the modest readership of this website there is a Madrileña
who is a dedicated tea drinker. Her preferred choice is
Twinings tea (which may well include those fancy modern
herbal fusions). Within the mainland European supermarket
(tourist resorts excepted) , our traditional builders
tea is not usually amongst the choices, but rather the
teas that in this country we could consider to be more
on the 'fine' side are. Today the Twinings name is synonomous
with tea and has a certain cachet that appeals to a wide
was in 1720 that the Twining family moved to Twickenham
after Thomas Twining had for some years succesfully gone
a tea drinking business (considered slightly avant-garde)
at their shop in the Strand. With the success of the business,
The Twining family over the generations, were able to
leave a legacy that is still very much apart of today's
Twining family lived at Dial House from 1720 on the riverside
in Twickenham next to St. Mary's Church, which was the
Twining family's parish church and where many of the family
are buried. The house was left to the parish by Elizabeth
Twining in 1890.
house which is now the Twickenham
Museum on the embankment was also owned by Thomas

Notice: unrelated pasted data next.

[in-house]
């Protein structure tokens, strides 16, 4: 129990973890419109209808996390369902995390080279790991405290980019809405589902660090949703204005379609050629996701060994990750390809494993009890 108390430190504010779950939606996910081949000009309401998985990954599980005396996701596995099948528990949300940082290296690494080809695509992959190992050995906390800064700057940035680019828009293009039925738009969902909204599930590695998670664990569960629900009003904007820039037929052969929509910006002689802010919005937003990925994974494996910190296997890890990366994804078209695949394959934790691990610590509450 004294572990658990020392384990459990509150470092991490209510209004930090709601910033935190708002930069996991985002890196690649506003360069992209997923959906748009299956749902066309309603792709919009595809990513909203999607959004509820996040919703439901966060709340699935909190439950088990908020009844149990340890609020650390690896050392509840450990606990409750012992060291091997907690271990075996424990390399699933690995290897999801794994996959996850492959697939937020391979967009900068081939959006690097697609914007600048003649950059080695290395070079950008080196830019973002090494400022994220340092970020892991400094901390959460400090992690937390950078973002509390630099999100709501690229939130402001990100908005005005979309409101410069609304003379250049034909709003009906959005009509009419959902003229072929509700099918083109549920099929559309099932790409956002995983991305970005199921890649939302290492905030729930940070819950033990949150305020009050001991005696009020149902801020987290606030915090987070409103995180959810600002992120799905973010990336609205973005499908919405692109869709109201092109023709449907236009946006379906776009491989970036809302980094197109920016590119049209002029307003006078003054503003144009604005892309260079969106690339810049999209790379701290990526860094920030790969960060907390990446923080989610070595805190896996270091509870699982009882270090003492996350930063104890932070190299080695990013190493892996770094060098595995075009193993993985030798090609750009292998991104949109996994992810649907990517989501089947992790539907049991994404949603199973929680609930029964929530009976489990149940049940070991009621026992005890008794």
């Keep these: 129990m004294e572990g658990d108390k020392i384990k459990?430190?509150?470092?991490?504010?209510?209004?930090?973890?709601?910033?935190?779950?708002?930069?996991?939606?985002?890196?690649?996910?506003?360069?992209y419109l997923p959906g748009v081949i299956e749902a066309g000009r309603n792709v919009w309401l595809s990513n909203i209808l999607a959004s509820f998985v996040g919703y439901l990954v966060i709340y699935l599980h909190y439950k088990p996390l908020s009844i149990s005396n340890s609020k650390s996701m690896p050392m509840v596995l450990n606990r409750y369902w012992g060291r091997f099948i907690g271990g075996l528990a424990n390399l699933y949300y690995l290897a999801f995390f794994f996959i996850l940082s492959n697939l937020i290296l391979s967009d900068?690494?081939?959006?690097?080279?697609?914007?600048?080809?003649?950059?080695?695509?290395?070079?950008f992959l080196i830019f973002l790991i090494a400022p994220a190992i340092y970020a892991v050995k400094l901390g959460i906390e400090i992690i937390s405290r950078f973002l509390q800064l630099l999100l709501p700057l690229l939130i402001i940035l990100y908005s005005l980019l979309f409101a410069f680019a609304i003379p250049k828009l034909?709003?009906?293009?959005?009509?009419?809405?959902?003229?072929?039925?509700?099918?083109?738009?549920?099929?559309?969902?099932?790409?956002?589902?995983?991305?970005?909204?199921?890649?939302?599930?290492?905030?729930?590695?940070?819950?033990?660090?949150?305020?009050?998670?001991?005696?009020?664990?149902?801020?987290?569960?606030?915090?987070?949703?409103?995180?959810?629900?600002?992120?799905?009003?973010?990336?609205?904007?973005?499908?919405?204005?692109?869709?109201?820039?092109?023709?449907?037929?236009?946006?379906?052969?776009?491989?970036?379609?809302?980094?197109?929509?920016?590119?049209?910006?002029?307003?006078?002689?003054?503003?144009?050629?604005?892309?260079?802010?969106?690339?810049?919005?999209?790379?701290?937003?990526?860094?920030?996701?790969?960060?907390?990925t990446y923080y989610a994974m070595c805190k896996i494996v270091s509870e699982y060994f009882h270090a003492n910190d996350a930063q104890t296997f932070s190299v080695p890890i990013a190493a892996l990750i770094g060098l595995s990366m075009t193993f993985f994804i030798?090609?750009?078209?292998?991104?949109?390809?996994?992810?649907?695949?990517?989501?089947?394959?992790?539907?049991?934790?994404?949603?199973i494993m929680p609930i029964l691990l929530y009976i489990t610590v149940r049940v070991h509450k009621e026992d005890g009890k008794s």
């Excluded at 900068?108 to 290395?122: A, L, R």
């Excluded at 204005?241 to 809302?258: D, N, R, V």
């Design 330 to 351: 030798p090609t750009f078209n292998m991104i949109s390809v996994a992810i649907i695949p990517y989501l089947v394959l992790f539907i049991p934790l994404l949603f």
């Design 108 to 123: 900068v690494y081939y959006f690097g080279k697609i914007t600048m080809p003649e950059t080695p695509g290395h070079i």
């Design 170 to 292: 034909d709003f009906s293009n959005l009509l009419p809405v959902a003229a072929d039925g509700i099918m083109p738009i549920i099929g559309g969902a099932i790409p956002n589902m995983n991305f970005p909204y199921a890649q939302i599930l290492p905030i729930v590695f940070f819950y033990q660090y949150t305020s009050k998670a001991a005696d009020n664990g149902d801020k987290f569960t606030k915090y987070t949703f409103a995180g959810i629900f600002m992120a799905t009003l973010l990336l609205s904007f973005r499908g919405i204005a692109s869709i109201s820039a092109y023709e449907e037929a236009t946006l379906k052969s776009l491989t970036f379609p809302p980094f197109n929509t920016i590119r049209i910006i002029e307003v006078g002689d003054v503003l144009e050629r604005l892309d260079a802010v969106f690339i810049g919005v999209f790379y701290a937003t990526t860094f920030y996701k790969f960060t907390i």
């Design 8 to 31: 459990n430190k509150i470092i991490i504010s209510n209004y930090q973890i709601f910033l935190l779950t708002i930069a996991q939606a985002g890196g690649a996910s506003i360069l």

Twining, and not surprisingly the museum maintains the
history of the Twining family with due respect.
St. Mary's Church, Twickenham
Twining (1805-1889) restored the almshouses in Amyand
Park Road in 1876 (the original ones are no longer there)
and in 1879 founded St. John's hospital in Strafford Road.
Trinity Church on Twickenham Green and Twickenham's
second parish church, owes a lot to Thomas Twining as
he donated funds for various parts of the construction
including the bell tower and the clock.
your preferred tea at home is Twining's or on your travels
you are offered a cup of Twinings tea (at least one person
in Madrid thinks this the best thing an English person
can be offered), seeing the label should remind one of
Twickenham and the role the Twining family have played
in Twickenham's history. Let us not forget also it was
Thomas Twining who began the English peoples irrevocable
relationship with a cuppa tea.